If Mr Dickerson's gems of wisdom are misogynist assaults on women's dress freedom everywhere, then I'm afraid that you can read identical - and much, much worse - attacks in Vogue, Grazia, Elle, Cosmopolitan and Look. Will those mags soon be removed from the bags of anyone entering QUB students' union?

The brutal truth is that no one really believes that you can or should have total clothes liberation when it comes to things like group and civic events like graduations. There are societal norms to be maintained, indeed treasured. If you can't say 'No' to Kim, can you say no to bikinis, or mankinis, or jeans or football boots or cropped shorts or stove pipe hats? And if so, on what grounds precisely?

Of course, many of these fashion items are absurd, but the point is served. The problem is that while we all agree on the need for a certain sense of formality, we can't quite agree what 'formal' is. The devil is in the detail.

Is Kim's look formal? Some women will say yes, some will say no but - in its trivial, completely unimportant way - it will be a subject of discussion. Not banning, discussion. And a discussion not primarily 'between' men and women but largely amongst women. For what it's worth, most women would probably give it the thumbs down.

Which was all Mr Dickerson - and by extension QUB - was doing, mulling over what is and isn't appropriate.

Indeed, some would argue that the Kim-look is a highly-sexualised view of the female form bordering on the parodic. Is that a good look considering graduating is supposed to be about brains and academic ability, not conforming to a non-challenging Barbie doll vision of what it means to be a woman? If we can't have an occasion where women are not presented primarily in sexual terms, what exactly are we saying?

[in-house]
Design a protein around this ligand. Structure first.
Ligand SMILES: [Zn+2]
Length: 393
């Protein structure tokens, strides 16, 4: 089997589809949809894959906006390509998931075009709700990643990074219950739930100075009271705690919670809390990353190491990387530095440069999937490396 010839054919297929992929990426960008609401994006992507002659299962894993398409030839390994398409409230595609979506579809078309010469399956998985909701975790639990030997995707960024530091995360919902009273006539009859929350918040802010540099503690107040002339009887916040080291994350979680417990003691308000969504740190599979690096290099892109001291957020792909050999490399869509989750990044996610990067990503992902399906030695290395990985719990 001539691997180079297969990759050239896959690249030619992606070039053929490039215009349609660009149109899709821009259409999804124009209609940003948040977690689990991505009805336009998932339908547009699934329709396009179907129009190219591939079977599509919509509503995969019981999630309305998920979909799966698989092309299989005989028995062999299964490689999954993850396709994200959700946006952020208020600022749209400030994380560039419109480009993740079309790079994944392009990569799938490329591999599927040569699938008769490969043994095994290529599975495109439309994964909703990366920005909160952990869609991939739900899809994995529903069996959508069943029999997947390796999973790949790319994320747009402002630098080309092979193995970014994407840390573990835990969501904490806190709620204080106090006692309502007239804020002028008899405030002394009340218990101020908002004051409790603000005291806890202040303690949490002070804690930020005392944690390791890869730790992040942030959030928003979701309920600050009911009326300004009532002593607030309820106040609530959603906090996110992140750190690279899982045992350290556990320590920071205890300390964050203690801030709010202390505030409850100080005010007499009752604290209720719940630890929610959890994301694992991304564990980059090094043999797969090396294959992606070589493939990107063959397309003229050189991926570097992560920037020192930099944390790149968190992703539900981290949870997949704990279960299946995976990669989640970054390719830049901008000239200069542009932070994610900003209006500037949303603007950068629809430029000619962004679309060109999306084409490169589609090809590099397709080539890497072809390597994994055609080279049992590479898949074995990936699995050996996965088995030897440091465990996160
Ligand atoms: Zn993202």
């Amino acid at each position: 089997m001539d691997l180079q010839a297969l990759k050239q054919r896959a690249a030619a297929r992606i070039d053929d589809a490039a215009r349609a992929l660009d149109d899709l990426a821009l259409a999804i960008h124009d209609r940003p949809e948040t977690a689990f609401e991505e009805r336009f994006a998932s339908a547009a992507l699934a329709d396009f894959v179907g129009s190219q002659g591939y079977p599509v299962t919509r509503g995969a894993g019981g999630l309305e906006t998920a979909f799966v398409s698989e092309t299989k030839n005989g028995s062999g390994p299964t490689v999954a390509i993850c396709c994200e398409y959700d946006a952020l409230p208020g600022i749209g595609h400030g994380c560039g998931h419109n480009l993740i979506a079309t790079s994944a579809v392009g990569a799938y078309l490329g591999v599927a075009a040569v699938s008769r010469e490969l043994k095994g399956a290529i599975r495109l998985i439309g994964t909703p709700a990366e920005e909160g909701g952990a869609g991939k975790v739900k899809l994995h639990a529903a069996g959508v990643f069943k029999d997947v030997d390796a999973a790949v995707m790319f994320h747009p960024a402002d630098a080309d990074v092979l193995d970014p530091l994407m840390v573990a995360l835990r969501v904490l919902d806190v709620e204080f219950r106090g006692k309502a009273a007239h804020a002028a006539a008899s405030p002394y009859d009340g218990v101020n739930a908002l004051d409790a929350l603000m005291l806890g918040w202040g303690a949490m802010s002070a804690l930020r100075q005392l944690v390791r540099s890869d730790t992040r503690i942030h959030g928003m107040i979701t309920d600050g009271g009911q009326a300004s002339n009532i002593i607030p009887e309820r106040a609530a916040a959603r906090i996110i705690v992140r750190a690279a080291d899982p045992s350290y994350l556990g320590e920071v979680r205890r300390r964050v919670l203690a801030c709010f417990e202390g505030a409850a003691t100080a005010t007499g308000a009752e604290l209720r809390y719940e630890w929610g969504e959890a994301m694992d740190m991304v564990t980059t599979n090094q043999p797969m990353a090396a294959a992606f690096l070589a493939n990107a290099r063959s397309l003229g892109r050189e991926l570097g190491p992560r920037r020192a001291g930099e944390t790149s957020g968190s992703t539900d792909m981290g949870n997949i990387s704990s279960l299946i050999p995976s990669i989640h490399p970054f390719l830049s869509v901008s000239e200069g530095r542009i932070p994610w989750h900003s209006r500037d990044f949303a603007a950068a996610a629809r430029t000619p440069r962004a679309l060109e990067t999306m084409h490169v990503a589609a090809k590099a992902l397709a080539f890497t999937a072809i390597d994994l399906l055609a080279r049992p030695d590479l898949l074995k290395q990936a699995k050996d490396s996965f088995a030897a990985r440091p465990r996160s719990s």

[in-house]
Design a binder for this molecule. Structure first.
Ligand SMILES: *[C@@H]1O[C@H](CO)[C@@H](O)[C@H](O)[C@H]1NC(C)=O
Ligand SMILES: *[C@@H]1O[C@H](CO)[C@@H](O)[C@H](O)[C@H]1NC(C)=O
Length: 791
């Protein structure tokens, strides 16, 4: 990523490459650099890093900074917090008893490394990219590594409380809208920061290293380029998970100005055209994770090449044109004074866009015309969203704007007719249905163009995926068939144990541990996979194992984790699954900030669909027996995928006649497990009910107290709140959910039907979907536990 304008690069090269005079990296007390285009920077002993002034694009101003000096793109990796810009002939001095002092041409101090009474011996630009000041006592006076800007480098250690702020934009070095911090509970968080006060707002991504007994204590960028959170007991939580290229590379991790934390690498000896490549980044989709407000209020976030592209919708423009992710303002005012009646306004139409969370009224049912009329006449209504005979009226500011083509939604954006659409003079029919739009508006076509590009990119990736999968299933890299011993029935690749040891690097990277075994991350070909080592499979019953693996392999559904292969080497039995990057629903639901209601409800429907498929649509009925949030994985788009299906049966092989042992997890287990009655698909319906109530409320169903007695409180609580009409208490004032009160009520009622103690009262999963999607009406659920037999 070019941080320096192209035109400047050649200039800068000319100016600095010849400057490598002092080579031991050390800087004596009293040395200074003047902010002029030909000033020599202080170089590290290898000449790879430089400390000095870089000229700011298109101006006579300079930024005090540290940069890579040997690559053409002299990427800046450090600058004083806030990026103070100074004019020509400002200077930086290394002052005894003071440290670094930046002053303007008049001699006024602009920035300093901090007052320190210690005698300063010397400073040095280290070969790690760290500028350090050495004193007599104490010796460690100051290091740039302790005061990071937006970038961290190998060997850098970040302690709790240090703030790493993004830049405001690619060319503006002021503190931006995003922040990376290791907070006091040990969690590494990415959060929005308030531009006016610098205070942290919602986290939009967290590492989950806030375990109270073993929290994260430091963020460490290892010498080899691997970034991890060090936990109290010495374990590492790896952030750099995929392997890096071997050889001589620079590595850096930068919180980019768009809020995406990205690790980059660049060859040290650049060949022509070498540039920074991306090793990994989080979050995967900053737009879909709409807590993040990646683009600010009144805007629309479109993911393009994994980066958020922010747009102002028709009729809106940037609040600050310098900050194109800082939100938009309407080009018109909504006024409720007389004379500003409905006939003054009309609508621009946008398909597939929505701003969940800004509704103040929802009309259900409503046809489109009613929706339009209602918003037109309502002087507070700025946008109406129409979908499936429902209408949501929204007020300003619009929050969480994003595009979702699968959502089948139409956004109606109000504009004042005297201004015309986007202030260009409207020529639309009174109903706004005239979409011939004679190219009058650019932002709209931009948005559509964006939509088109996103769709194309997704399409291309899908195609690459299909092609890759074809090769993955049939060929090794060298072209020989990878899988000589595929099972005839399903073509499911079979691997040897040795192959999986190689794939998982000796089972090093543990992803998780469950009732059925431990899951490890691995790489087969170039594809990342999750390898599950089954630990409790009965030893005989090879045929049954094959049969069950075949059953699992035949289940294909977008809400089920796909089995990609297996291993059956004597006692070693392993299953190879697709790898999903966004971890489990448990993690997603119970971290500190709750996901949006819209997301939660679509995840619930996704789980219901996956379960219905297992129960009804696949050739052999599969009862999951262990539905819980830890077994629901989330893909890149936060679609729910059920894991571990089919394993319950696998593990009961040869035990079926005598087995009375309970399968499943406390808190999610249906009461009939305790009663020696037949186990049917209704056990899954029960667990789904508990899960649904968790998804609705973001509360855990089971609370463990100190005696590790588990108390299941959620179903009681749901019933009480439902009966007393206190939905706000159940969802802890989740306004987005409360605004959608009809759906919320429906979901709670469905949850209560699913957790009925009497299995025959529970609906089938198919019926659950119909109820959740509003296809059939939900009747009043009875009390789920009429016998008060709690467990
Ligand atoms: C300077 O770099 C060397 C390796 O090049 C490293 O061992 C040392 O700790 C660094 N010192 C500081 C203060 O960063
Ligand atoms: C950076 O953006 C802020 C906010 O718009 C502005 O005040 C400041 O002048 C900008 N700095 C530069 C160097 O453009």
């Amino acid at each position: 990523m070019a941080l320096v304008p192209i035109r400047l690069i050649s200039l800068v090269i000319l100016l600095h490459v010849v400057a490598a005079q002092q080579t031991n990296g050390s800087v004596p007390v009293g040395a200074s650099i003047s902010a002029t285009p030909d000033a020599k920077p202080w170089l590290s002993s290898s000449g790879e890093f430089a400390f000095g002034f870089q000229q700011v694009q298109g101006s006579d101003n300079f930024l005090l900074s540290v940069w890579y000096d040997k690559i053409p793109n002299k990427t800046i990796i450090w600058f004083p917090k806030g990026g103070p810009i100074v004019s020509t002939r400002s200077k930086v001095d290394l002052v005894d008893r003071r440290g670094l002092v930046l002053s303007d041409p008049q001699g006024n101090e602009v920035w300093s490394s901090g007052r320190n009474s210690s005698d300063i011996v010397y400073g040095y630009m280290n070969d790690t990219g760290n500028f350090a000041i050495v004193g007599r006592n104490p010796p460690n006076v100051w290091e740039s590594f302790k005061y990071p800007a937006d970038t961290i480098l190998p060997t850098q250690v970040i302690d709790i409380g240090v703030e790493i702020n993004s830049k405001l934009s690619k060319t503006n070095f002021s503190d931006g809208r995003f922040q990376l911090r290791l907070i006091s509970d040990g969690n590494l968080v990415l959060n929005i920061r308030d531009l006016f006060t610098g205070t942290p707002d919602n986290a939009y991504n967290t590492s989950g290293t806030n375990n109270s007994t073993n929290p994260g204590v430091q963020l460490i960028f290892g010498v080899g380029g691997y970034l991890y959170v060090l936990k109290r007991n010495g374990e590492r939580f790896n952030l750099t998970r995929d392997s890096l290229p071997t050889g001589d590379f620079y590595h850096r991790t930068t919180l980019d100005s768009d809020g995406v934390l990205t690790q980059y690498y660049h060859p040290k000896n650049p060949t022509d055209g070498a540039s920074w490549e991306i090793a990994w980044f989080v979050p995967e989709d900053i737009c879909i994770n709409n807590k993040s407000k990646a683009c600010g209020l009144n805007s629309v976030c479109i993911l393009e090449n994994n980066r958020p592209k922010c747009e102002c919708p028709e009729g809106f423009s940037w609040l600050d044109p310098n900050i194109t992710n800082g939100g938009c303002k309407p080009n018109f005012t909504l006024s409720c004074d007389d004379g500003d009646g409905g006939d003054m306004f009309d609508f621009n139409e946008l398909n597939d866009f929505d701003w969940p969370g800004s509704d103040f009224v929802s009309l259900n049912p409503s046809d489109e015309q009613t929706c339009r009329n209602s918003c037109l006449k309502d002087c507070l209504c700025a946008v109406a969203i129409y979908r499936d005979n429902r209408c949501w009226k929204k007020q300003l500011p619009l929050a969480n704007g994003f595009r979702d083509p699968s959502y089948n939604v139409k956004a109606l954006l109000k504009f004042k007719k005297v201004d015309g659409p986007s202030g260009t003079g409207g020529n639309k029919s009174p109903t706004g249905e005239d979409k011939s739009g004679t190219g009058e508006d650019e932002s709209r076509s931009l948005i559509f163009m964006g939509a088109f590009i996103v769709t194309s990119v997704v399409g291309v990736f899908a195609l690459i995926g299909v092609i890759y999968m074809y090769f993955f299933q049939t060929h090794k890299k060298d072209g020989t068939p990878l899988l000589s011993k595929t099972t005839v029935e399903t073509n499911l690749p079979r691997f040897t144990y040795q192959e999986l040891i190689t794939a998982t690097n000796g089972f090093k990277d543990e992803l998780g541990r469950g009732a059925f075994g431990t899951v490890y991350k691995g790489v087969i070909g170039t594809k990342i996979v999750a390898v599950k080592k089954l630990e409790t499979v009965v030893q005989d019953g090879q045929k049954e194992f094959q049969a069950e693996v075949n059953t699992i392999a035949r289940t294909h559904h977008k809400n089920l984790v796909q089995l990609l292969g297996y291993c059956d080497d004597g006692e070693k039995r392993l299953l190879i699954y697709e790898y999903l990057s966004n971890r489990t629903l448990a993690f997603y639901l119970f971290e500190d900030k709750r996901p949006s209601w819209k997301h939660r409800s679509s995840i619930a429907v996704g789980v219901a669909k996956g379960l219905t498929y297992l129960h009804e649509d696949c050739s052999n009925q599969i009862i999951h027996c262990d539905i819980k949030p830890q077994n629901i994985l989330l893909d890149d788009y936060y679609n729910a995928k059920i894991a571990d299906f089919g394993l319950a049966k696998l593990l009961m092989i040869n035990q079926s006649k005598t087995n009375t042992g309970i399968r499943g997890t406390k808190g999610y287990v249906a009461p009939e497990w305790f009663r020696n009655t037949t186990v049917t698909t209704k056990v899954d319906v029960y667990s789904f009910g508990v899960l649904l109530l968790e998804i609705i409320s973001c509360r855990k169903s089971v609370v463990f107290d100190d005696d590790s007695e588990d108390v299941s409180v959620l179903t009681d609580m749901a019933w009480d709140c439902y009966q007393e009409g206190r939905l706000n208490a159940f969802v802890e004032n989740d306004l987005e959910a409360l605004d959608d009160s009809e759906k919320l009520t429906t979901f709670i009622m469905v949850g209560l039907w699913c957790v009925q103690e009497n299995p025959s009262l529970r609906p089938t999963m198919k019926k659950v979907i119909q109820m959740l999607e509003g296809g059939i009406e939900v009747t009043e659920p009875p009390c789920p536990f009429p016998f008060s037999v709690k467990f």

Isn't the Kim look just a tacit surrender to the demands of the male gaze?

Perhaps we should be spending more time getting angry at a society which - both metaphorically and literally - seems determined to force women into basques and fishnets at every possible opportunity, that holds up Kim, Rihanna, Beyonce et al not only as symbols of how women should look but how they should behave. (To whit - be there for the male sexual urge while mumbling the usual platitudes about empowerment etc).

There are far more important battles in this area of dress to be fought than this storm in a teacup at QUB. We know them - arguments about how a woman dresses being some kind of justification for rape; women being forced into wearing high heels and other eroticised items of clothing for work; schoolgirls being forced to wear skirts on the coldest of winter days. (Why can't they wear trousers like the boys? Society will survive).

These are real issues.

Deciding whether to take advice to dress like Grace Kelly for a few hours while in the company of mum and dad in their Sunday best … well … isn't.